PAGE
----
Shoshana Heimann (b. 1923) was influenced by the ideas of the Canaanites. She was born in Germany, immigrated to Palestine in 1933, studied at Bezalel but soon left because her interest in primitive sculpture did not suit the conservative methods of study there. She studied with Rudi Lehmann from 1941 to 1946 and afterwards at the Academy of Fine Arts in Florence (1946–1947). Heimann opposed the mainstream in Israeli art, which then inclined to abstraction. Her sculptures from the 1940s and 1950s are lumpy and massive; the figures are primitivistic, with thick legs and arms, although the feminine figures are graceful. Following the Yom Kippur War (1973) she made many sculptures on the theme of bereavement and sacrifice. After long stays in Egypt, Japan, Nepal and Mexico, she began developing an image of a kind of altar-throne, which she explored for many years in both two-dimensional and three-dimensional forms and in diverse materials. These altars are massive in character and create an archaic effect. In the early 1990s a change occurred in her work. In Düsseldorf she began painting large paintings, which she showed in Israel at an exhibition titled “Black Fields.” In these, the altars turn into knives and missiles and the paintings evoke a sense of destruction and imminent danger. Heimann lives in Ein Hod.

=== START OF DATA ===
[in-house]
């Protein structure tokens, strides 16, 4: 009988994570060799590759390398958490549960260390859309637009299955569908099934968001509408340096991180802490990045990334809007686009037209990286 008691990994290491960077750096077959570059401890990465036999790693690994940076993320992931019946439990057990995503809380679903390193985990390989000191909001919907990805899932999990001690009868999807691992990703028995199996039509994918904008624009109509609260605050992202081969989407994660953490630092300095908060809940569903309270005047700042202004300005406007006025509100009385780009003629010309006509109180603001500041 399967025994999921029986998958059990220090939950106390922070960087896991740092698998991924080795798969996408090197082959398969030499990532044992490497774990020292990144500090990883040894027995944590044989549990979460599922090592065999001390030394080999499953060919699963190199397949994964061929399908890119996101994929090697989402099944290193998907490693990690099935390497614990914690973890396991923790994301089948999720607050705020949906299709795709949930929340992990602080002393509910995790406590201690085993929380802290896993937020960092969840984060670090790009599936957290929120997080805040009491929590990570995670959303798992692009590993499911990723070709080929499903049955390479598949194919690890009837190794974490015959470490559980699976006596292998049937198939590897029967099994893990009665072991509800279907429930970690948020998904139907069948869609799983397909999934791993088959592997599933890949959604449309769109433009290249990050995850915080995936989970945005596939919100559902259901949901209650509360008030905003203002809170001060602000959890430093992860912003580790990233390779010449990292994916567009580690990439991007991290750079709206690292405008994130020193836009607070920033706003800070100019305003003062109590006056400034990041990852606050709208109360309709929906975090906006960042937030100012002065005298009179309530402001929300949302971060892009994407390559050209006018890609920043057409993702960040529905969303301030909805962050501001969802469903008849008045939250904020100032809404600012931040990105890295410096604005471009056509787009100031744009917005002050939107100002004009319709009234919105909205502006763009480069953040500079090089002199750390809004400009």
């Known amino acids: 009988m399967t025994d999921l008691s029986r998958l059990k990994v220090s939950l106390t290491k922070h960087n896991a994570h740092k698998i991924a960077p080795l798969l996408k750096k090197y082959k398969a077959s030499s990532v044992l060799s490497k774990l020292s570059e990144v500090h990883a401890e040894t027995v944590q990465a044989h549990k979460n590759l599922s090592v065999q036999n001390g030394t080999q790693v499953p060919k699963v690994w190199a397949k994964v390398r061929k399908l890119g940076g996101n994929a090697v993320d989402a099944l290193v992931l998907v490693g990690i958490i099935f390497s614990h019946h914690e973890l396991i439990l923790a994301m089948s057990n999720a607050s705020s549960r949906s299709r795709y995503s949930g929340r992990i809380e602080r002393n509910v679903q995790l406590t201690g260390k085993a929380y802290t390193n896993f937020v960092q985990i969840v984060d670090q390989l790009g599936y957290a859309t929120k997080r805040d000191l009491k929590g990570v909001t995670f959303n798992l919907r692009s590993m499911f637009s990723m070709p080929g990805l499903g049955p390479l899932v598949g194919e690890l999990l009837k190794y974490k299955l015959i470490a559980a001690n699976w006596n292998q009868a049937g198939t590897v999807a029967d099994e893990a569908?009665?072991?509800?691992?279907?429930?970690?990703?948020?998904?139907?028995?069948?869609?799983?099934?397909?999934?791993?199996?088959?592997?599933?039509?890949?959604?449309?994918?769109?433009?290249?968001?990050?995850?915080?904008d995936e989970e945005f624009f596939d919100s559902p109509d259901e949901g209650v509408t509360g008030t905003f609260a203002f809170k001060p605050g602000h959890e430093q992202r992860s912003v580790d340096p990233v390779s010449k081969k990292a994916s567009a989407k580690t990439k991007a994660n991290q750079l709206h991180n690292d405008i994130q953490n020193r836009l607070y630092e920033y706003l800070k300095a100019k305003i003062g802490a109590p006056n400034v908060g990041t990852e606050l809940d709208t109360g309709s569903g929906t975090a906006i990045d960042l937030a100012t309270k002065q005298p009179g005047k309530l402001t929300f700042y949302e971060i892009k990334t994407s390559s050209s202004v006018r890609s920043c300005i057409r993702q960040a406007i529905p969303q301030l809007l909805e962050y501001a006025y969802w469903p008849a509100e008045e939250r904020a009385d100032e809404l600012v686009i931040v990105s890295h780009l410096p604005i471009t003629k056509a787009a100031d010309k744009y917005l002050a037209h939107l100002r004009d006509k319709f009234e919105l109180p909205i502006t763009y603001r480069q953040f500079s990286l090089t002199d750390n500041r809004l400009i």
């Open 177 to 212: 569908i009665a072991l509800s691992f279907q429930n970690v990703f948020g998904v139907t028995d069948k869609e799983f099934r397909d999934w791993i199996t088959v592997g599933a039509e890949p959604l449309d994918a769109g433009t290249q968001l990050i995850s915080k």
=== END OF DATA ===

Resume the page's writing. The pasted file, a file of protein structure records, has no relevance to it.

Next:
Hava Mehutan (b. 1925). Born in Philadelphia, Pennsylvania, Mehutan immigrated to Israel in 1946 and settled in Beersheba some years later. She sculpted in stone and olive wood—figures of women, most of them pregnant, heads and animals. In 1958, together with Louise Schatz (b. 1916), Ruth Zarfati and Lea Nikel, she participated in the Twelve Artists exhibition, which was described by its curator, Yona Fischer, as “the pick of the young generation.” In the 1960s she worked on the “Processions” series, in which she used different arrangements of vertical logs of wood positioned in such a way as to create associations with different human situations. But although she chose to sculpt many figures of pregnant women, and many critics saw in her works a reflection of a feminine cycle of life and fertility, her sculpture was considered quite masculine, almost without any external pleasantness. A woman art critic noted that Mehutan’s mode of expression contained nothing of the soft femininity that she found characteristic of other women artists. It is interesting that a woman critic employed stereotypes of femininity and masculinity and complimented Mehutan for the “masculine” qualities in her work. Mehutan herself claims that female identity engages her a great deal and appears in her works, at times consciously and at times unconsciously. Her work is always personal, subjective, emotional, and stems from her being a woman.